After reading Dr. Gawande’s book I see checklists all around me, and I believe they work. No one is perfect, and checklists are great tools to help even doctors to get things right. “The volume and complexity of what we know has exceeded our individual ability to deliver its benefits correctly, safely, or reliably. Knowledge has both saved us and burdened us.”

How do you use checklists in your dental practice? Share your best ideas and checklists with us below.

 

Dr. Carolyn Norton is a New Dentist Now guest blogger and a 2014 graduate of the University of Florida College of Dentistry. She is half way through a 12-month general practice residency at the North Shore University Hospital in Evanston, Ill., affiliated with the University of Chicago. Dr. Norton was a contributing editor for the American Student Dental Association from 2012-14.

 

Dental spending growth slower

According to ADA News, government actuaries cited slower growth in dental spending than projected just three months earlier in a study revising the post-recession National Health Expenditures narrative from “low rates of growth” to “slowdown.”

Annual growth of dental servicesThe 3.6 percent increase in the 2013 rate of growth in the overall health economy is the lowest on record since NHE record keeping began in 1960, the Centers for Medicare & Medicaid Services Office of the Actuary said.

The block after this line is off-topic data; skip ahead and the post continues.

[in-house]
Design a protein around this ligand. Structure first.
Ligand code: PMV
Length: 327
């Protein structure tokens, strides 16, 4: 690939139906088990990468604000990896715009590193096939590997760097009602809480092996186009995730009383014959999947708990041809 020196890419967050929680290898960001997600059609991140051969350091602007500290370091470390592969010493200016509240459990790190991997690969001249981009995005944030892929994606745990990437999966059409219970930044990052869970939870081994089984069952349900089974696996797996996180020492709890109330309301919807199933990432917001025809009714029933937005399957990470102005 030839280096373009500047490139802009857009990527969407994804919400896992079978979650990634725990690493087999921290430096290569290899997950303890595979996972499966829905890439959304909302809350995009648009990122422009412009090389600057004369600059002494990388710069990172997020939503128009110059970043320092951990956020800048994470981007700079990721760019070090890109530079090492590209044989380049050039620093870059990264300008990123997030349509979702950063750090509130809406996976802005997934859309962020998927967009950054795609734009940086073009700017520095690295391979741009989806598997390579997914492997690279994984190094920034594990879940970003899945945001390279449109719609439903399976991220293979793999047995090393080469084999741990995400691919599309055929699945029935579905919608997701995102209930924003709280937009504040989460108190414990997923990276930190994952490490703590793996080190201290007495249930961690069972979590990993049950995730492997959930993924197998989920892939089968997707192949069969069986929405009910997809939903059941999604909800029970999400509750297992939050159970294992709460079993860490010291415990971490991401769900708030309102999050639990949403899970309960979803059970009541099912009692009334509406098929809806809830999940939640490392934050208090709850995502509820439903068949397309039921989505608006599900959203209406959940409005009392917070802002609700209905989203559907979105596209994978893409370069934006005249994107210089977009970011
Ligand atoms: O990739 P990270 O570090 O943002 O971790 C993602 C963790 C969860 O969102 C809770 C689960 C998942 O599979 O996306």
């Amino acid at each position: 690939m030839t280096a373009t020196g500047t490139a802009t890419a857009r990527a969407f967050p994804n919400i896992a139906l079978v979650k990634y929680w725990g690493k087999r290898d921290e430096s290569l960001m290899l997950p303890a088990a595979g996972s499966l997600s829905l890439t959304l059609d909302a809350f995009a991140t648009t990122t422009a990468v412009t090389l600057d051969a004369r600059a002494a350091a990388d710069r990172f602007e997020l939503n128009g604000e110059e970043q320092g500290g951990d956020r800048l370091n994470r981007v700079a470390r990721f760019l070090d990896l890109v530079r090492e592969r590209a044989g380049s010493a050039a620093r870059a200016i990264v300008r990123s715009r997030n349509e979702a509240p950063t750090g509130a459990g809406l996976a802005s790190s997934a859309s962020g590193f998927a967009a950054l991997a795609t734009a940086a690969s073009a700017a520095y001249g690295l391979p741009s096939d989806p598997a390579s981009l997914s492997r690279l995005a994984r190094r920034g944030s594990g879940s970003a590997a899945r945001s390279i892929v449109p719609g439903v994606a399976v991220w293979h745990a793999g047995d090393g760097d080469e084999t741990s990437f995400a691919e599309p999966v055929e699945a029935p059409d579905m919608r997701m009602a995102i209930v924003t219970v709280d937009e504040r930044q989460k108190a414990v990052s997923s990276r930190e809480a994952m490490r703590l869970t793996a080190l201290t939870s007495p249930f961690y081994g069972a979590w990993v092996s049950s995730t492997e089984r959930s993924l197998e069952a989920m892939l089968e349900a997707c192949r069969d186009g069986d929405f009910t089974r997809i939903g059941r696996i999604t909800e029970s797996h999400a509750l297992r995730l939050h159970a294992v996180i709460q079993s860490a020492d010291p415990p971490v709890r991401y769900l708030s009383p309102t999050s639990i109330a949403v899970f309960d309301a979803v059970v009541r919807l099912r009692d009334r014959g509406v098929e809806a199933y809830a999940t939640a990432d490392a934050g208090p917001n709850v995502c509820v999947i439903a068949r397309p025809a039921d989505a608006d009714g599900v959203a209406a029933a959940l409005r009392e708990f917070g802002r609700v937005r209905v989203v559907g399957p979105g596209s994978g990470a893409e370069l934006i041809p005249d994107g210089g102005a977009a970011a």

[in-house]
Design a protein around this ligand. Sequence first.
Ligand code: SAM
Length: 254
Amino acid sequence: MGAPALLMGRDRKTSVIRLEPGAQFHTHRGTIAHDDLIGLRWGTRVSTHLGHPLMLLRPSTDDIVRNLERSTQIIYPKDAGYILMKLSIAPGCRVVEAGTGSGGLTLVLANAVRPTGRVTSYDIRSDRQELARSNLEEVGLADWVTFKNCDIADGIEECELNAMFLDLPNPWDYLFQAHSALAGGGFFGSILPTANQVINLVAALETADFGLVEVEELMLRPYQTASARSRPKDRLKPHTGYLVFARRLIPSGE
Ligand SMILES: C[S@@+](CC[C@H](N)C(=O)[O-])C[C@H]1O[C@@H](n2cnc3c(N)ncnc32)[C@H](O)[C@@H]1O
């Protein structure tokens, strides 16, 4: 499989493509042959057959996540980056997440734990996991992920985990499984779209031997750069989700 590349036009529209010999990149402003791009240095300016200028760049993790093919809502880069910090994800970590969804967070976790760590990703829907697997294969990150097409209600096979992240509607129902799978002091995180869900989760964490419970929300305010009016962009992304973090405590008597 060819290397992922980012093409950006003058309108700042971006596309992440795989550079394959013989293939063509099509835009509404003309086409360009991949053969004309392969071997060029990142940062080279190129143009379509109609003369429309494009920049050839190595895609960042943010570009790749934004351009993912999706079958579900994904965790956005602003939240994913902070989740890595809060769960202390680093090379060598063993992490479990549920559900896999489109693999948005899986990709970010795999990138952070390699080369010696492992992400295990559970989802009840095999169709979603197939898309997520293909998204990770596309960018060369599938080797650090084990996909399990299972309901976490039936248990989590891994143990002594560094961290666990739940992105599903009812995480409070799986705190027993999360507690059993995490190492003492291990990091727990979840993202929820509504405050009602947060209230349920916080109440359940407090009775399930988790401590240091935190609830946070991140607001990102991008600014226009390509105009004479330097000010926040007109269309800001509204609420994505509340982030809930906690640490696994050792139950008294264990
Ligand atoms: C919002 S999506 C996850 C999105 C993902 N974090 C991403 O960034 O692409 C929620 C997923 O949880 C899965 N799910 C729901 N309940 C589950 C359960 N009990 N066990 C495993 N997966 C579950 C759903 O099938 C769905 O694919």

CMS actuaries in a September 2014 report had projected that 2013 dental spending would total $113 billion at a 1.9 percent annual growth rate. The study published in December 2014 by the journal Health Affairs said actual dental spending increased by just 0.9 percent to $111 billion.

Dental services spendingDental spending and the annual growth rate had been inching upward since 2009 when it increased minimally from $102.4 billion to $102.5 billion or 0.1 percent over 2008. The 2013 growth rate is the lowest since then.

To read the full article, click here.

IHS dental externship applications due Feb. 28

For dental students wondering whether a career with the Indian Health Service Division of Oral Health or a position at a specific IHS or Tribal site is right for you, an IHS externship can give you the experience to help make your decision.

IHSThe IHS Division of Oral Health (DOH) is currently accepting applications for 2015 Dental Externships. If you are seeking a life-changing cultural and pre-professional experience, we encourage you to apply. The application cycle is open from Jan. 2 to Feb. 28.

According to IHS.gov, externs will have the opportunities to work in the state-of-the-art facilities, in a career position with excellent pay and benefits, Loan Repayment Program, job stability, potential for advancement and mentoring by experienced staff, and the opportunity to provide much-needed care to appreciative patients.

For more information on IHS dental externships and how to apply, click here.